Archive for March, 2010|Monthly archive page

Gen2.0 – It Starts.

“…Harvey painted the door bright red, and Chip painted the other one bright yellow. Next, it’s time to paint the shelves!”

“Momma, why do the pictures not move?”

I pause in my umpteenth recitation of Harvey the home reno beaver and his painting antics.

“What’s that, Love?”

“Those pictures there. Why does the paint brush not go up and down?”

Here it is, the You Tube-meets-Google-meets-Pixar-meets-Wii generation come to haunt me. And so soon. Of course the pictures should move. I mean, 2D is so low tech.

“Well, Love, those pictures are drawn, on paper. This is a book, it’s different than the TV. Things don’t move on the page – you have to use your imagination instead.”


“…Chip wants to paint the shelves green, but Harvey doesn’t have any green paint. Harvey has an idea! He can take the yellow paint and mix it with the blue paint-”

“But Momma, why do the pictures not move? They should!”

“Hmm. Well, maybe if you go to school, and learn lots and lots, all about computers, maybe you could invent a kind of book where the pictues do move. You could figure it out, and invent it, so that everyone could see the pictures move like you want them to. What do you think of that?”

“Yeah! I could do that!”

He sure could.


The Road Taken

I dreamt last night.

The urgency and fear of it has left me now, but not its essence.

I was in a store, completely absorbed in some home reno project of some sort, of all things. Bonhomme was with me, being his usual adorable, independent, curious, handful self.

At some point, I realized he was gone. Utterly far away and gone.

As happens in dreams, I experienced the suspence and resolution all at once, and knew that he’d walked home by himself to go talk to Daddy, since Mummy wasn’t being any fun.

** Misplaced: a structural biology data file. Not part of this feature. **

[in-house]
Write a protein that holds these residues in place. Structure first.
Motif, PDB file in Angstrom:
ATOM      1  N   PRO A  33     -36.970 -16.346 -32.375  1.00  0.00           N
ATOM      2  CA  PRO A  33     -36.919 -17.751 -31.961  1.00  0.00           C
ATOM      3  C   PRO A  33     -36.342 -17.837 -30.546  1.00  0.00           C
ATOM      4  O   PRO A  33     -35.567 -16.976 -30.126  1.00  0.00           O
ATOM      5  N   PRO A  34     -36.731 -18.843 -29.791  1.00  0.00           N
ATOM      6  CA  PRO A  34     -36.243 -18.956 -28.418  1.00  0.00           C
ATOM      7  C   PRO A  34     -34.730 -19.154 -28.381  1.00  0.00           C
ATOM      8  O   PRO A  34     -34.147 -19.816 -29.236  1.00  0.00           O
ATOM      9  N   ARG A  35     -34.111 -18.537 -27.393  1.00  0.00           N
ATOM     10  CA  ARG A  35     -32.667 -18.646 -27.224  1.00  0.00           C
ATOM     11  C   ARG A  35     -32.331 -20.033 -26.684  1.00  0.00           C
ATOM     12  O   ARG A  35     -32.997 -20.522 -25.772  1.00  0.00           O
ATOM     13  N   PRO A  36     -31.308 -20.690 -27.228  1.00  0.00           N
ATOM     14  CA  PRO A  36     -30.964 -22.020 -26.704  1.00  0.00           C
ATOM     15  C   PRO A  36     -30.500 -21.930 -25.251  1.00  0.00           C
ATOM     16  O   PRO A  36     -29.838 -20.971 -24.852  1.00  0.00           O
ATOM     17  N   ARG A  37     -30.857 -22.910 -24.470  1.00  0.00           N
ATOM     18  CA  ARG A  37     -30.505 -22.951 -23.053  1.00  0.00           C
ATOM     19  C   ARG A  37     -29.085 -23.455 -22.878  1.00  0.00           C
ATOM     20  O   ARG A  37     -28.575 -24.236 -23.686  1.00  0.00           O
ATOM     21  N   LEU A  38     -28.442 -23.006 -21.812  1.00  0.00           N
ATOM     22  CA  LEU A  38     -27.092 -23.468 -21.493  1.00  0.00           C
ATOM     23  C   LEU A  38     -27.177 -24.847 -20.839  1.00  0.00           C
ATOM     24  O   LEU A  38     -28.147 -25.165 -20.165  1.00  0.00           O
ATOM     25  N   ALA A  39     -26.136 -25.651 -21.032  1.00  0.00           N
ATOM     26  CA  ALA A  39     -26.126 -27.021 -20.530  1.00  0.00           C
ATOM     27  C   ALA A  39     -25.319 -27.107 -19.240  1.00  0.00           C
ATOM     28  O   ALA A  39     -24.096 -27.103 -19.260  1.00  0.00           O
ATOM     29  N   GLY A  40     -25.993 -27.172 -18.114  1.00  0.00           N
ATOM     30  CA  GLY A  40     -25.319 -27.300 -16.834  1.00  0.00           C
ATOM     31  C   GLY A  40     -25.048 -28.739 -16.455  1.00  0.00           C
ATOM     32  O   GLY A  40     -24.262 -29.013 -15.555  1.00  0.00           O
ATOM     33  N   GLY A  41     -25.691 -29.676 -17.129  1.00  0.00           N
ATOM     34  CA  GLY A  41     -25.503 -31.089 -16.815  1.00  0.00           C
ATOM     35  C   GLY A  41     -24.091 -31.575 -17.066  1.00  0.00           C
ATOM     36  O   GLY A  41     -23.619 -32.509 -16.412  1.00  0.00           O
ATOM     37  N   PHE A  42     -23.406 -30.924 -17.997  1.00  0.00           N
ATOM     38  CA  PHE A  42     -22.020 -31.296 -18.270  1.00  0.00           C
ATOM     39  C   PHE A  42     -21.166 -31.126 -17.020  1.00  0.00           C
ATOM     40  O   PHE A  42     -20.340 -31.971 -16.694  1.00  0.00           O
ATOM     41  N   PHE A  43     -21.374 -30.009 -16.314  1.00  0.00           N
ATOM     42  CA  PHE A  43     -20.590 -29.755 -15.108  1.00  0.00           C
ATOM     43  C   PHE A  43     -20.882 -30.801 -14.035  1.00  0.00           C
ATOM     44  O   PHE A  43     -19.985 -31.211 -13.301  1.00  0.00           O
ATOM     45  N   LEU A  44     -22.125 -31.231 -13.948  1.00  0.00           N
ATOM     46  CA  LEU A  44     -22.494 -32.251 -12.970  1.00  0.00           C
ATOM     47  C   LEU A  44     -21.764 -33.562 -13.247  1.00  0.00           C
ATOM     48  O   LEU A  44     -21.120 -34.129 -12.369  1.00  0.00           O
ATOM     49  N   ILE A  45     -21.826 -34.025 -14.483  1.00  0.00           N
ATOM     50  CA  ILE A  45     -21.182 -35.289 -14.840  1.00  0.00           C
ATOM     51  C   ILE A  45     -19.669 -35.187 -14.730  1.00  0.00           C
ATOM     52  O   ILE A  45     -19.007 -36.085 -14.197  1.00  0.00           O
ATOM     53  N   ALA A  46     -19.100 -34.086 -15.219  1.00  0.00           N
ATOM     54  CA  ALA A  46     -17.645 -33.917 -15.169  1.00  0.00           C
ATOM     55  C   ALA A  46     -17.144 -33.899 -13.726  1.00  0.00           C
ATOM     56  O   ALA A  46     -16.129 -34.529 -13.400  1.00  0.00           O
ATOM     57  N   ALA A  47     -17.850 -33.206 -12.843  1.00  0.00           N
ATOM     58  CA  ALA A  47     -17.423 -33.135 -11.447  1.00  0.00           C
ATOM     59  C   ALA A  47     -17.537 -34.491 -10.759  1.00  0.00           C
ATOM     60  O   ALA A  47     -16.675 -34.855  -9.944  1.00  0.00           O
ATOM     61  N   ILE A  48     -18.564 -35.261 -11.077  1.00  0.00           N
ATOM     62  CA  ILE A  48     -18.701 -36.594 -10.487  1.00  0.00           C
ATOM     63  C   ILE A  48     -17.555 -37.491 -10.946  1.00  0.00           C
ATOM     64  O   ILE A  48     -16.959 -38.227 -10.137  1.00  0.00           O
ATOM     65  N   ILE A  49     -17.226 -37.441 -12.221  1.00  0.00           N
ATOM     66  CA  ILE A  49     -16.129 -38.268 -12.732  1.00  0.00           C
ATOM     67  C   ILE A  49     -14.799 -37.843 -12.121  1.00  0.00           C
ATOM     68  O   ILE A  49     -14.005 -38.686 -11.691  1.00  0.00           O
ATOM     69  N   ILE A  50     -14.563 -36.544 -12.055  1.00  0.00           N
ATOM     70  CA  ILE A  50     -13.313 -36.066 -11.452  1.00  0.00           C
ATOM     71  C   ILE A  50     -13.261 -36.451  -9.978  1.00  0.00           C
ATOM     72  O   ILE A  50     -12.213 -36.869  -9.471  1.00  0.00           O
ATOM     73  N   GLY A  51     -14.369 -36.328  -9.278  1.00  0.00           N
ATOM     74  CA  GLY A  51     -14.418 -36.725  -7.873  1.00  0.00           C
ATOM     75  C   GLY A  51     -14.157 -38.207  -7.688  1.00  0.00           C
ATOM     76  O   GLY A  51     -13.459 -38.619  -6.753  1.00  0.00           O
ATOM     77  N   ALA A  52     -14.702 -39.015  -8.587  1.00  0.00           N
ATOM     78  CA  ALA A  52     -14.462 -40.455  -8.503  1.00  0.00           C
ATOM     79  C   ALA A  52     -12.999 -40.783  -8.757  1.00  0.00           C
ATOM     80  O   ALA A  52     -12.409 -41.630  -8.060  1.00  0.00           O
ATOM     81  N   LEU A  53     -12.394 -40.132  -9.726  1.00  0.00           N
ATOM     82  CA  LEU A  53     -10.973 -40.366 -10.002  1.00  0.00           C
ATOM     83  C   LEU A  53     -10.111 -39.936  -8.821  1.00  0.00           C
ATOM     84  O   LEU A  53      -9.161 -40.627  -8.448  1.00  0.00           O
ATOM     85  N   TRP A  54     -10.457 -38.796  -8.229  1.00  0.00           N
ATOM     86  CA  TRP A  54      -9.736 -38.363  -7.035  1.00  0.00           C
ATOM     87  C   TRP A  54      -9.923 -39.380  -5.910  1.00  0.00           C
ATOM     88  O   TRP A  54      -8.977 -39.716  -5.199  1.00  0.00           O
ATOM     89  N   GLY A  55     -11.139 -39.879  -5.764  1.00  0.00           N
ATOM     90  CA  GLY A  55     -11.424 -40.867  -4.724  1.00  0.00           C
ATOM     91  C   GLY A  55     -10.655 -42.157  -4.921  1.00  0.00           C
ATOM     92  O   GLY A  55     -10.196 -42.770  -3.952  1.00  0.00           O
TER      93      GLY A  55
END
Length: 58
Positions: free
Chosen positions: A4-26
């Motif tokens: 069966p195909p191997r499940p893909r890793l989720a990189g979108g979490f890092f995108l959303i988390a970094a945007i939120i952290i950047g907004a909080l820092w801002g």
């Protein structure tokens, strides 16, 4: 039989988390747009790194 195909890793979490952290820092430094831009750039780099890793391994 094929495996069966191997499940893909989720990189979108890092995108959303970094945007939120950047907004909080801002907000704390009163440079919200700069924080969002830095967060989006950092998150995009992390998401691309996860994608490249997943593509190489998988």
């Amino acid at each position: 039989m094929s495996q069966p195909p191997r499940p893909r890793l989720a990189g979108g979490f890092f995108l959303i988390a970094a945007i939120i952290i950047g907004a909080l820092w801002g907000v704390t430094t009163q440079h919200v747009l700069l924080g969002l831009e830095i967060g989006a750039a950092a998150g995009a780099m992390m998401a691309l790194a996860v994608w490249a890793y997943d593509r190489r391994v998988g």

Walked home. Alone. Down an unending stretch of noise and speed, only by grace staying on the sidewalk as traffic hurtled past.

I wonder now, later, removed from the immediacy of the dream, whether it will always be this way – whether I will always be overwhelmed by guilt whenever I attempt to accomplish something not revolving around him, constantly weighing opportunity cost and harm.

Dearest gave me a lackluster “UmHmm, dear, that’s great” when I came home to him tonight, flush with the success of acing my Stats midterm (a killer class, upon which the passing of will determine whether or not I finally graduate), and then immediately launched into a diatribe on potty training and how our not-yet-three-year-old isn’t consistently progressing. Which I met with a passionately reasoned argument about how we can’t demand consistency of our toddler when we fail to provide it ourselves, arbitrarily applying underwear or pullups depending on Dearest’s desire to risk having to clean up a puddle or not.

Will I always be brought back to reality with such a resounding twang? My out-of-home accomplishments always overshadowed by what I didn’t do when I wasn’t there?

My dear and ever-dearer friend last night announced that Baby Three is on his or her way – not entirely unintentionally, but certainly untimely. She spoke about the near certainty that she will have to give up her career to accomodate her family’s needs – not her livelihood, but her choice of it. You see, it turns out that it’s awfully difficult to manage two under three, both in daycare, when both parents work different private sector shifts – and soon to be three under four. So the career, the life, the self she has spent a decade of university studies qualifying for and a lifetime dreaming of will get put aside, transmuted into something else. Something with regular, predictable, daylight hours. Something with weekends. Something still of her self – but not the self.